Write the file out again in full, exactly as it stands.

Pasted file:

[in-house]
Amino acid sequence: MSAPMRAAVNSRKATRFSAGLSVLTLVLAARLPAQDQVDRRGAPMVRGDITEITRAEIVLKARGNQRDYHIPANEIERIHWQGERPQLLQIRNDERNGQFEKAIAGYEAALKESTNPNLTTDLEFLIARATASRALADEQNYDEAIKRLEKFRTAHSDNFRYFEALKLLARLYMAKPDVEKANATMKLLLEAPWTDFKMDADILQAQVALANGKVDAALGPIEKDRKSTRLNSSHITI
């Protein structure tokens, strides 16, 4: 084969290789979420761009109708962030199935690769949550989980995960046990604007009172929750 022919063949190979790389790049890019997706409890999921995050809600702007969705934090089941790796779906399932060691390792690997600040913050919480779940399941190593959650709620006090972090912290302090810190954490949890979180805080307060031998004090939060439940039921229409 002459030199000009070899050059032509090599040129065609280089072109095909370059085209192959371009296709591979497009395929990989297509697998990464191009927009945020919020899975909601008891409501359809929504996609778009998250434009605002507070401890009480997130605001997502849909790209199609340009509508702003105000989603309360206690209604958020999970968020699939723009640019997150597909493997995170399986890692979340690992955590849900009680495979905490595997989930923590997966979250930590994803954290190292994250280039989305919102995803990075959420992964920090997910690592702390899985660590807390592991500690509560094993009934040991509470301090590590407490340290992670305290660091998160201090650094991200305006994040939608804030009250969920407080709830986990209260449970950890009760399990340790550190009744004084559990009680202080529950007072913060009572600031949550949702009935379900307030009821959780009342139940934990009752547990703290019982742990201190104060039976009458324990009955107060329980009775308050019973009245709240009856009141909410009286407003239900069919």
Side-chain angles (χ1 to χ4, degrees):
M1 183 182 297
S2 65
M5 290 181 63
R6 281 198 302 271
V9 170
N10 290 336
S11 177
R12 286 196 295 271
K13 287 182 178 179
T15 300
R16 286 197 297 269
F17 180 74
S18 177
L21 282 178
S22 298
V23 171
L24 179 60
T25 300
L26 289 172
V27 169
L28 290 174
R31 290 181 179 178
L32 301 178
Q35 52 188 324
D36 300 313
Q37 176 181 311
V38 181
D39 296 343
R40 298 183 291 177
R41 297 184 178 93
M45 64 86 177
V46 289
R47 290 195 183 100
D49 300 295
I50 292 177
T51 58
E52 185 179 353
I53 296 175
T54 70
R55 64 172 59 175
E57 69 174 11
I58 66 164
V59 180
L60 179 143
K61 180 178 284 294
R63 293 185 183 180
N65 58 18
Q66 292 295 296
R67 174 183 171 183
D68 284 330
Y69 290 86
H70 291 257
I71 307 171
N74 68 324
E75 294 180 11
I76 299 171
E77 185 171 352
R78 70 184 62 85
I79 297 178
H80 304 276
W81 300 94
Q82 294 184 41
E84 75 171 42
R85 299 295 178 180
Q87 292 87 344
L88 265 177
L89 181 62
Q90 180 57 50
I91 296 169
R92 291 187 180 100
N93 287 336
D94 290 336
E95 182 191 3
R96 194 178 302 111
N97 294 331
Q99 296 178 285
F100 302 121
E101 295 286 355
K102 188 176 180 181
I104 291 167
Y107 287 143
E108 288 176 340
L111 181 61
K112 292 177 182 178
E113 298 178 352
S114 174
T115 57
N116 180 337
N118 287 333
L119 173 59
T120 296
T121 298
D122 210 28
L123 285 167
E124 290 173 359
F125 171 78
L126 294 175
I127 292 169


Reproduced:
[in-house]
Amino acid sequence: MSAPMRAAVNSRKATRFSAGLSVLTLVLAARLPAQDQVDRRGAPMVRGDITEITRAEIVLKARGNQRDYHIPANEIERIHWQGERPQLLQIRNDERNGQFEKAIAGYEAALKESTNPNLTTDLEFLIARATASRALADEQNYDEAIKRLEKFRTAHSDNFRYFEALKLLARLYMAKPDVEKANATMKLLLEAPWTDFKMDADILQAQVALANGKVDAALGPIEKDRKSTRLNSSHITI
């Protein structure tokens, strides 16, 4: 084969290789979420761009109708962030199935690769949550989980995960046990604007009172929750 022919063949190979790389790049890019997706409890999921995050809600702007969705934090089941790796779906399932060691390792690997600040913050919480779940399941190593959650709620006090972090912290302090810190954490949890979180805080307060031998004090939060439940039921229409 002459030199000009070899050059032509090599040129065609280089072109095909370059085209192959371009296709591979497009395929990989297509697998990464191009927009945020919020899975909601008891409501359809929504996609778009998250434009605002507070401890009480997130605001997502849909790209199609340009509508702003105000989603309360206690209604958020999970968020699939723009640019997150597909493997995170399986890692979340690992955590849900009680495979905490595997989930923590997966979250930590994803954290190292994250280039989305919102995803990075959420992964920090997910690592702390899985660590807390592991500690509560094993009934040991509470301090590590407490340290992670305290660091998160201090650094991200305006994040939608804030009250969920407080709830986990209260449970950890009760399990340790550190009744004084559990009680202080529950007072913060009572600031949550949702009935379900307030009821959780009342139940934990009752547990703290019982742990201190104060039976009458324990009955107060329980009775308050019973009245709240009856009141909410009286407003239900069919």
Side-chain angles (χ1 to χ4, degrees):
M1 183 182 297
S2 65
M5 290 181 63
R6 281 198 302 271
V9 170
N10 290 336
S11 177
R12 286 196 295 271
K13 287 182 178 179
T15 300
R16 286 197 297 269
F17 180 74
S18 177
L21 282 178
S22 298
V23 171
L24 179 60
T25 300
L26 289 172
V27 169
L28 290 174
R31 290 181 179 178
L32 301 178
Q35 52 188 324
D36 300 313
Q37 176 181 311
V38 181
D39 296 343
R40 298 183 291 177
R41 297 184 178 93
M45 64 86 177
V46 289
R47 290 195 183 100
D49 300 295
I50 292 177
T51 58
E52 185 179 353
I53 296 175
T54 70
R55 64 172 59 175
E57 69 174 11
I58 66 164
V59 180
L60 179 143
K61 180 178 284 294
R63 293 185 183 180
N65 58 18
Q66 292 295 296
R67 174 183 171 183
D68 284 330
Y69 290 86
H70 291 257
I71 307 171
N74 68 324
E75 294 180 11
I76 299 171
E77 185 171 352
R78 70 184 62 85
I79 297 178
H80 304 276
W81 300 94
Q82 294 184 41
E84 75 171 42
R85 299 295 178 180
Q87 292 87 344
L88 265 177
L89 181 62
Q90 180 57 50
I91 296 169
R92 291 187 180 100
N93 287 336
D94 290 336
E95 182 191 3
R96 194 178 302 111
N97 294 331
Q99 296 178 285
F100 302 121
E101 295 286 355
K102 188 176 180 181
I104 291 167
Y107 287 143
E108 288 176 340
L111 181 61
K112 292 177 182 178
E113 298 178 352
S114 174
T115 57
N116 180 337
N118 287 333
L119 173 59
T120 296
T121 298
D122 210 28
L123 285 167
E124 290 173 359
F125 171 78
L126 294 175
I127 292 169